North Country Kitchen: Salads with turkey

Turkey, Leek and Apple Salad (Photo provided — Yvona Fast)

Thanksgiving is over. We have feasted on New World culinary delights like turkey, squash, cranberries, potatoes. The guests have gone home — and hopefully, you froze some turkey to use later.

Wild turkeys are native to North America. The colonists were not familiar with these birds, though they had chickens and ducks back home in the Old World.

Turkey is rich in protein, many B vitamins, and minerals like zinc, selenium and phosphorus. One serving (3.5 ounces or 100 grams) of skinless turkey has just 139 calories and 2 grams of fat. (With the skin, that’s 5.5 grams of fat and 169 calories.)

From soups, stews, casseroles, stir-fries and salads, turkey adds nutrition and flavor to many dishes. Almost any salad — grain, pasta, fruit, fresh greens — can benefit from turkey.

Exactly what is a salad? To many, it’s a mixture of different greens drizzled with salad dressing. In fact, that’s the first definition in Merriam-Webster’s dictionary: “raw greens (such as lettuce) often combined with other vegetables and toppings and served especially with dressing.” But a salad can also be a mixture of various ingredients, as Merriam-Webster’s second definition states: “small pieces of food (such as pasta, meat, fruit, or vegetables) usually mixed with a dressing (such as mayonnaise) or set in gelatin.” So, a salad can be any mixture of things — not just veggies, but meat, grains, and pasta, usually served cold. Though modern transportation and storage allow us to have greens and other vegetables all year long, we can also use root vegetables stored in the root cellar, brined or pickled veggies, and things from the freezer in our salads.

Turkey can be a welcome, flavorful and nutritious addition to many salads. Use it with Romaine lettuce in a Caesar salad in place of chicken. Chop it in a food processor and mix with mayonnaise, relish, celery and onions to use in a salad to spread on crackers or sandwiches, like a tuna or chicken salad. Add it to German potato salad. Mix it with pasta or grains in a variety of salads.

Salads are versatile and easily customizable. Use whatever vegetables, grains or other ingredients you have available. Experiment with different combinations and seasonings.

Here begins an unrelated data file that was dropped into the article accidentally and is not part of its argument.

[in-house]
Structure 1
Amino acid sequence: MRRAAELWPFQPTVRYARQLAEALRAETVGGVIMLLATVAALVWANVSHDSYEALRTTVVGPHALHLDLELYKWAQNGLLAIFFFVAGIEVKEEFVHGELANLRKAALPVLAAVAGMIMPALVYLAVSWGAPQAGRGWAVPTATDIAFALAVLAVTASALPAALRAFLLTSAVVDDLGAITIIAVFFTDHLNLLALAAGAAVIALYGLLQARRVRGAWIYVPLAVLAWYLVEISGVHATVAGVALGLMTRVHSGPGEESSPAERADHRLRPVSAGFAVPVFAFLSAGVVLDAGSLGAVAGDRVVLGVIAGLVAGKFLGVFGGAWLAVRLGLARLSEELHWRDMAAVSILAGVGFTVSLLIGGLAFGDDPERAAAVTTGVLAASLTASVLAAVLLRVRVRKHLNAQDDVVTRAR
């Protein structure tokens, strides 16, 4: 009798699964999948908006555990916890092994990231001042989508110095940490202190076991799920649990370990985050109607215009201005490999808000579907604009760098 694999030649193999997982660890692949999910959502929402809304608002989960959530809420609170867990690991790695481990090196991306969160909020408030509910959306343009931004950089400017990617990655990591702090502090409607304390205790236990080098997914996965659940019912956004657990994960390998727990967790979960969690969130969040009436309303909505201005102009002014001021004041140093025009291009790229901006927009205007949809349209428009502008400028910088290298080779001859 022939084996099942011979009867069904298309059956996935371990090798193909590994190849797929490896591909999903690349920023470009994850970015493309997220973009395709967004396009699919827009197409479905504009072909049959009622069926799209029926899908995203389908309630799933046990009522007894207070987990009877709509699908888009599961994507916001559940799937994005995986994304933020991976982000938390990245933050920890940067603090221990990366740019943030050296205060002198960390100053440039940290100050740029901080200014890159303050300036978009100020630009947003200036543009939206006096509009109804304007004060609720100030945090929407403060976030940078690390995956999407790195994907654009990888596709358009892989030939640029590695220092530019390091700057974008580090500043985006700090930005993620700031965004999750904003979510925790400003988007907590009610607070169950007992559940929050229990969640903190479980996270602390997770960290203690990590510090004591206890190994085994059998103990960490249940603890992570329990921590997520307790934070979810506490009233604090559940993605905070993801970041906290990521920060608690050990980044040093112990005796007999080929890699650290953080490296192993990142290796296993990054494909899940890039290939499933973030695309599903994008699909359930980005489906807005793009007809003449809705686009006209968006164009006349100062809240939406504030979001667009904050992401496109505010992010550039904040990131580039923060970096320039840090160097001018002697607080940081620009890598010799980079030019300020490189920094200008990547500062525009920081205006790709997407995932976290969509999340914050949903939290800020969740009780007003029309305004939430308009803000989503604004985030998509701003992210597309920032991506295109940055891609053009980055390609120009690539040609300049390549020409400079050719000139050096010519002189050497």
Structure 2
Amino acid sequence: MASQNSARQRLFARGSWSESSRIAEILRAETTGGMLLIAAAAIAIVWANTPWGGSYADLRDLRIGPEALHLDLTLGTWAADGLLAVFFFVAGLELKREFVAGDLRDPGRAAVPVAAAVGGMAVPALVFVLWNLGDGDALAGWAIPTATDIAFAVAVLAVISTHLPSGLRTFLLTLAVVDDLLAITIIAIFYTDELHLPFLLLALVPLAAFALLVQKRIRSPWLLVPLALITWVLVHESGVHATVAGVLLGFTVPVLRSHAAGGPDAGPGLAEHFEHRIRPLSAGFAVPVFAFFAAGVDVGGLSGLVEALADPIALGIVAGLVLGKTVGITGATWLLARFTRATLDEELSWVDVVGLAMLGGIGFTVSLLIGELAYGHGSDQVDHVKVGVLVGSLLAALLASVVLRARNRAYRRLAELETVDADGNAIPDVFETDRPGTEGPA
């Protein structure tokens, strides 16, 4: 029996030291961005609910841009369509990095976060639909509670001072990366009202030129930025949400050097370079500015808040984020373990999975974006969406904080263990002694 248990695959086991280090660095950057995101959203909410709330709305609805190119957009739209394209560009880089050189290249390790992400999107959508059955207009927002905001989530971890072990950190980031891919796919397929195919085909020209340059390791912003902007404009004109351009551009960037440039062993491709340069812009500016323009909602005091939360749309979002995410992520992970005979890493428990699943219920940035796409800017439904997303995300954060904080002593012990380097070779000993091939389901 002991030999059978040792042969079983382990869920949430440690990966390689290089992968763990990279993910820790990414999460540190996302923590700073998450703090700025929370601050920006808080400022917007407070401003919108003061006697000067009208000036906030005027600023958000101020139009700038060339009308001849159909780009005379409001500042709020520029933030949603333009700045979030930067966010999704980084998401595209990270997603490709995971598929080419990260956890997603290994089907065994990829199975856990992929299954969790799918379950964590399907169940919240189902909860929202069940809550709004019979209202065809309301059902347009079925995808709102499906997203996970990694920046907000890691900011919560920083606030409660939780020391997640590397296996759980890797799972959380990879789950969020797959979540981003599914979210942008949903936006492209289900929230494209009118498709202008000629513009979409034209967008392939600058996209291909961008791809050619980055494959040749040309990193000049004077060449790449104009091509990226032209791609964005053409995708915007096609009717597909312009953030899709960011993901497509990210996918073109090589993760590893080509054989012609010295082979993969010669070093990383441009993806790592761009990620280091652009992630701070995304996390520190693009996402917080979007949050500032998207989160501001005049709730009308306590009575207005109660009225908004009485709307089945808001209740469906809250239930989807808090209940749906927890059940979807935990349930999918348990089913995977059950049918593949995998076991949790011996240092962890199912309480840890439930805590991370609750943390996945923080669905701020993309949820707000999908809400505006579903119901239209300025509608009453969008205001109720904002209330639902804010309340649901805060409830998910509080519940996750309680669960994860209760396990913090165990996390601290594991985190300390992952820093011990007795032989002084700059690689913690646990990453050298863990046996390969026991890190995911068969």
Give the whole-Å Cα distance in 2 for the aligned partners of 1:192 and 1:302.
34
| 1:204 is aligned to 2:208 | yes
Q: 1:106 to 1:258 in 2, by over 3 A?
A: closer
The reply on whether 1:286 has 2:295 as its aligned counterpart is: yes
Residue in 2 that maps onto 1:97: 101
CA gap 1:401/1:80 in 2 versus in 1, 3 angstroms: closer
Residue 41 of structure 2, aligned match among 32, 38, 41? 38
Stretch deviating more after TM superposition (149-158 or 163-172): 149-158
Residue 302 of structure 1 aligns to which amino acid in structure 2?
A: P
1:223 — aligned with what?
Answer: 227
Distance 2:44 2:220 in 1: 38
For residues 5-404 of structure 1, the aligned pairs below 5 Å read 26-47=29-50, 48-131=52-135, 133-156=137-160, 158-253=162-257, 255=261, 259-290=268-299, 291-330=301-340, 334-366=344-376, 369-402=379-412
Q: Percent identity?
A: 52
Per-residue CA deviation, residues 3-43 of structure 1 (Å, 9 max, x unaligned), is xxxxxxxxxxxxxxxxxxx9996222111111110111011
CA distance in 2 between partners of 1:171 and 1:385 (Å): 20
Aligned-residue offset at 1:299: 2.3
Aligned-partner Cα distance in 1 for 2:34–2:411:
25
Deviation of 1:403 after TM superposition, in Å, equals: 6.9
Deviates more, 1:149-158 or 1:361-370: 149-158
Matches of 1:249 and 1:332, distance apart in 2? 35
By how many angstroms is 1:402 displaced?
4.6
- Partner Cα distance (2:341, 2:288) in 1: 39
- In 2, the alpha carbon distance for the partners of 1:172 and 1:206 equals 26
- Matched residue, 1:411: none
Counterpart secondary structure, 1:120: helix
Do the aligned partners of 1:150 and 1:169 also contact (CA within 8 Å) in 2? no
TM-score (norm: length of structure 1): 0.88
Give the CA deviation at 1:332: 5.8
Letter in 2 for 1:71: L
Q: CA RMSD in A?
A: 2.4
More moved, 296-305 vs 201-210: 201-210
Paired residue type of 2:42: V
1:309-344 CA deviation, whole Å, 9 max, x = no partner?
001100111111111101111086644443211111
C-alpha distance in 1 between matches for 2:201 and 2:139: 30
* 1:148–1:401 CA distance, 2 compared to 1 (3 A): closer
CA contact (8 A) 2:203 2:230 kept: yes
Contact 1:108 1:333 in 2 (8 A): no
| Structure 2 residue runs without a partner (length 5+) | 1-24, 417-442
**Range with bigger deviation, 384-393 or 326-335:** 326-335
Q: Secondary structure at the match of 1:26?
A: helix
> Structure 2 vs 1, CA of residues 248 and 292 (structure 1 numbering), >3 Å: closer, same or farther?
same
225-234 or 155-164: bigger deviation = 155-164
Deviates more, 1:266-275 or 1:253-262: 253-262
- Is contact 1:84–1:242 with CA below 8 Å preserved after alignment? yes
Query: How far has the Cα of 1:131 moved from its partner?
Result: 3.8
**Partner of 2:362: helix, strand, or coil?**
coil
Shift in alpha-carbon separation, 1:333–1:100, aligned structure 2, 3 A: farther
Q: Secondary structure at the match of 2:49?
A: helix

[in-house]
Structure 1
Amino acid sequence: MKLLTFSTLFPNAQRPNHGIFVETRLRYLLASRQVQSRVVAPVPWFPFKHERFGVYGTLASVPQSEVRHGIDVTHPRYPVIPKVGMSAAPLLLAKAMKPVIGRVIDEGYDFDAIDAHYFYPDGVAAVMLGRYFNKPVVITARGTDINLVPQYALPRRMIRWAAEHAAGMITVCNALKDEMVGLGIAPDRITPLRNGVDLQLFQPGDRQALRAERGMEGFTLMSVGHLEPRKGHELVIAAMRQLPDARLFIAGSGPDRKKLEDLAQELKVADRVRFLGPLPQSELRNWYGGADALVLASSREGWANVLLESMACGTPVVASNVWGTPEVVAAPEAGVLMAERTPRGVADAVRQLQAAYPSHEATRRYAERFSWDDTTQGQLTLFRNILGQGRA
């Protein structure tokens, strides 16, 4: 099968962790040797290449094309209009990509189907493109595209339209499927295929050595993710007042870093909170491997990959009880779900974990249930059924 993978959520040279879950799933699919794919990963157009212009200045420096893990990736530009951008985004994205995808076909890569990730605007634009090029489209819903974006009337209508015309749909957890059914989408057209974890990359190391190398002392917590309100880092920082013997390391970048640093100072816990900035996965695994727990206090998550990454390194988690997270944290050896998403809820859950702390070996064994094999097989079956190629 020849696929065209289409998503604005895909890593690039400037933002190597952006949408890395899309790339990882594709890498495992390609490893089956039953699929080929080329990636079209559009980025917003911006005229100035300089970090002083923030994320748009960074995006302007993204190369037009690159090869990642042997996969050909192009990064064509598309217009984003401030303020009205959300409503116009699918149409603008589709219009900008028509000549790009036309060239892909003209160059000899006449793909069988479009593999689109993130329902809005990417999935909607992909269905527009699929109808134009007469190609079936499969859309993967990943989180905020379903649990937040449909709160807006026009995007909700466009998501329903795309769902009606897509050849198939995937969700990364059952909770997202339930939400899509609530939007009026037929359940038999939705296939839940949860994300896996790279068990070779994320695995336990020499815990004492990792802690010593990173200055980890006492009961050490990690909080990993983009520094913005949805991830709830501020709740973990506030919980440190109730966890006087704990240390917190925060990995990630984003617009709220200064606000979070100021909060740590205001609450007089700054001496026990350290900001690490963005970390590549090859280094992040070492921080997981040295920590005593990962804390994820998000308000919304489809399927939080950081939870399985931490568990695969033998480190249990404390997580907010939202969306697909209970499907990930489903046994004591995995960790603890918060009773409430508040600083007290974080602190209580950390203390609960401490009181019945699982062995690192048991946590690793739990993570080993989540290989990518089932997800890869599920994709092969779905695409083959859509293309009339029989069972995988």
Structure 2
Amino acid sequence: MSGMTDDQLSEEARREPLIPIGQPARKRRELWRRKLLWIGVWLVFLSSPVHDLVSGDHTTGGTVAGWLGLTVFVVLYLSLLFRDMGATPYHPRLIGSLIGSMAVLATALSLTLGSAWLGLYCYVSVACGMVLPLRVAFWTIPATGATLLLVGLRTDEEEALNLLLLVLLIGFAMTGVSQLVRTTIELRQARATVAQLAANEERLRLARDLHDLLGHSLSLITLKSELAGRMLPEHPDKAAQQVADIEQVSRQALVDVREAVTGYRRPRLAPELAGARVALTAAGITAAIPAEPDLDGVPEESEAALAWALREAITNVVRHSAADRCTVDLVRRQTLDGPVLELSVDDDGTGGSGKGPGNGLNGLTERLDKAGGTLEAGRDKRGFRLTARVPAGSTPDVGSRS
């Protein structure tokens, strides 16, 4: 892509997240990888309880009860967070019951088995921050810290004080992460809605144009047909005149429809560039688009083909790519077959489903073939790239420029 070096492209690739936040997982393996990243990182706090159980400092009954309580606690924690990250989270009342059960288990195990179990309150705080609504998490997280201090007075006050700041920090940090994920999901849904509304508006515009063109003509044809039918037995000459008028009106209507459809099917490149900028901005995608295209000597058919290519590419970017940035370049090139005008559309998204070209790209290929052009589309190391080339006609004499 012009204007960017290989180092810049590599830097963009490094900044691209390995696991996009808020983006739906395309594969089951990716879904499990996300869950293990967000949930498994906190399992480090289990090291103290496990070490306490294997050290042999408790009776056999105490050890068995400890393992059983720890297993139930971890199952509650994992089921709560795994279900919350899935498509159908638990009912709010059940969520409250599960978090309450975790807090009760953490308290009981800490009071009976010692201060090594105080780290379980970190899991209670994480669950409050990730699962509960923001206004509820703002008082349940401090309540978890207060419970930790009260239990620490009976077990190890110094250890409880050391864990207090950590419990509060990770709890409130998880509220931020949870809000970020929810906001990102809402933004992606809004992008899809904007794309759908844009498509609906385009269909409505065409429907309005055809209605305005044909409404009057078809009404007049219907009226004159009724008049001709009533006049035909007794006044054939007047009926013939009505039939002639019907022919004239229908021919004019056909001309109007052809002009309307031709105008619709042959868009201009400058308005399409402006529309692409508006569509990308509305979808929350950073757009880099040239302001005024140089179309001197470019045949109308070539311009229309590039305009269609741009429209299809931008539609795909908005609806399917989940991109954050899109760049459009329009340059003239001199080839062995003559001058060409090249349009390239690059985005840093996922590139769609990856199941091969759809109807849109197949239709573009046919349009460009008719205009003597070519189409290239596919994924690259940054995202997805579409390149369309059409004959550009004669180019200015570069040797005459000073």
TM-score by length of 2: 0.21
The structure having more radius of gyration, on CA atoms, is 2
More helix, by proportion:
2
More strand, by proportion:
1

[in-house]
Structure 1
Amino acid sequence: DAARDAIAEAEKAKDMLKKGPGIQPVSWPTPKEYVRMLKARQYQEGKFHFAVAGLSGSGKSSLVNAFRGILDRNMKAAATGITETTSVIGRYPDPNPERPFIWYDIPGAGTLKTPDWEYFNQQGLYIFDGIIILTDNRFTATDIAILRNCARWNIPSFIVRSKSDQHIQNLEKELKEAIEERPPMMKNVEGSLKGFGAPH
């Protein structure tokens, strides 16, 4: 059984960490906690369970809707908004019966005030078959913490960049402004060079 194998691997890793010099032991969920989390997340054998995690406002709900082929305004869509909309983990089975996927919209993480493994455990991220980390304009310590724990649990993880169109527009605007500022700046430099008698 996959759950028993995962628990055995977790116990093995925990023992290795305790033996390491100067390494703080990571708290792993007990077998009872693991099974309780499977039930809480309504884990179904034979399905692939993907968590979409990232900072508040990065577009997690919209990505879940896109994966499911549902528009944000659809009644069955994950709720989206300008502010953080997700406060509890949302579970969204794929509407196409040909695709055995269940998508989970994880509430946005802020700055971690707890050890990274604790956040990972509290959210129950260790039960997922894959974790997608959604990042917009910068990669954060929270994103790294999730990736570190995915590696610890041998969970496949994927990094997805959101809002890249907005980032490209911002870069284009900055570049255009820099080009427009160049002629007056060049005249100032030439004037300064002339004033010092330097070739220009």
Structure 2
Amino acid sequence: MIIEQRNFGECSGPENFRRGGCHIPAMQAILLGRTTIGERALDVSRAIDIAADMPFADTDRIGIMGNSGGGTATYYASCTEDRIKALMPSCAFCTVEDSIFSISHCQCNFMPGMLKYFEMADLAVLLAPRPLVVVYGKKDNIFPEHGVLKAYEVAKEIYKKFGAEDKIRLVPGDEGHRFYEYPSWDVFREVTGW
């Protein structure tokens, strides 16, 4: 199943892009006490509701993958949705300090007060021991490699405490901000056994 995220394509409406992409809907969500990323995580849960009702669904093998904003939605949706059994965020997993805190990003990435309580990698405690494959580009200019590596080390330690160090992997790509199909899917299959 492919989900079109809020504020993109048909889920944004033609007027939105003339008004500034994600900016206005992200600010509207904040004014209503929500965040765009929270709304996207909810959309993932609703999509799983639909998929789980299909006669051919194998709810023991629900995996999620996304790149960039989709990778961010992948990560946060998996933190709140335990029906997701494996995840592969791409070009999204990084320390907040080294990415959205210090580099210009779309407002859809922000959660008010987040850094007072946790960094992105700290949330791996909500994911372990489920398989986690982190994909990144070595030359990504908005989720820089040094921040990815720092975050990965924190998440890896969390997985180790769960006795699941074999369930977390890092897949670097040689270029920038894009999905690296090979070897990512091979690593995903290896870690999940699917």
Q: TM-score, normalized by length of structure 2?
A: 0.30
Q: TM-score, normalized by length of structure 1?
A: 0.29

Many are best made ahead, which allows the flavors to blend. So you can make them early in the day, and eat them later. If guests are coming, the work can be done ahead.

Here are some recipes.

Turkey, Leek and Apple Salad


2 leeks (about 4 cups, chopped)

2 teaspoons salt

2 cups chopped or shredded turkey

1 apple (1 or 2 cups, diced)

3/4 cup plain yogurt or sour cream

1 Tablespoon prepared whole-grain mustard

1 Tablespoon mayonnaise

1 cup minced fresh arugula or parsley


Wash leeks. Discard root end and tough top leaves.

Cut leeks in half or quarters lengthwise. Then slice across. Rinse to remove any clinging sand. Sprinkle with salt and leave in a colander for at least 30 minutes.

Dice turkey. Core and dice apples. Mince parsley.

Rinse the leek to remove most of the salt. In salad bowl, combine with turkey and apples. Fold in yogurt and parsley.

Makes about 4 1-cup servings.

Turkey Barley Salad


1 cup barley (also try with couscous, brown rice or millet)

2 cups broth

3/4 cup craisins (dried cranberries)

2 cups diced cooked turkey

1/2 sweet onion or 2 – 3 scallions

1/4 cup minced fresh herbs like parsley or arugula

1/4 cup chopped carrot (1 small)

1/4 cup chopped celery root or celery

1 small apple, cored and chopped


2 Tablespoons maple mustard

1 Tablespoon maple syrup

2 Tablespoons extra-virgin olive oil

3 Tablespoons apple cider vinegar

For garnish: 2 Tablespoons chopped walnuts, 1 or 2 Tablespoons craisins


Place grain, cranberries and broth in a saucepan. Bring to a boil, lower heat to simmer, and cook until liquid is absorbed (follow package directions).

While grain is cooking, chop turkey.

Place turkey and cooked grain in salad bowl.

In a small bowl or jar, mix dressing ingredients. Pour over hot, cooked grain and turkey. Stir in remaining veggies, herbs and fruit.

Garnish with chopped walnuts and additional craisins.

Serves 3 to 4.

Turkey Salad with mixed greens

Fruity vinaigrette dressing:

1 clove garlic

1 teaspoon salt

1 Tablespoon olive oil

1 Tablespoon apple cider vinegar (or balsamic)

1 Tablespoon apple cider (or another juice, like grape or orange)


1 cup baby spinach

1 cup arugula greens

1 carrot, shredded

1 apple, cored, quartered and sliced

1/2 cup sliced red onion

1 – 2 cups shredded turkey

1/2 cup walnuts, toasted

1/4 cup dried cranberries


First, make the dressing. Crush garlic with salt. Combine in bottom of salad bowl with olive oil, apple cider vinegar and apple cider.

Wash greens and set aside.

Chop carrot, apple, and onion; set aside.

Toss spinach and arugula into the dressing. Chop carrot, onion, and apple and stir in, along with shredded turkey. Garnish with walnuts and cranberries.

Serves 2 – 3.

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Author of the award-winning cookbook “Garden Gourmet: Fresh & Fabulous Meals from your Garden, CSA or Farmers’ Market,” Yvona Fast lives in Lake Clear and has two passions: cooking and writing. She can be found at www.yvonafast.com and reached at yvonawrite@yahoo.com or on Facebook at Words Are My World.


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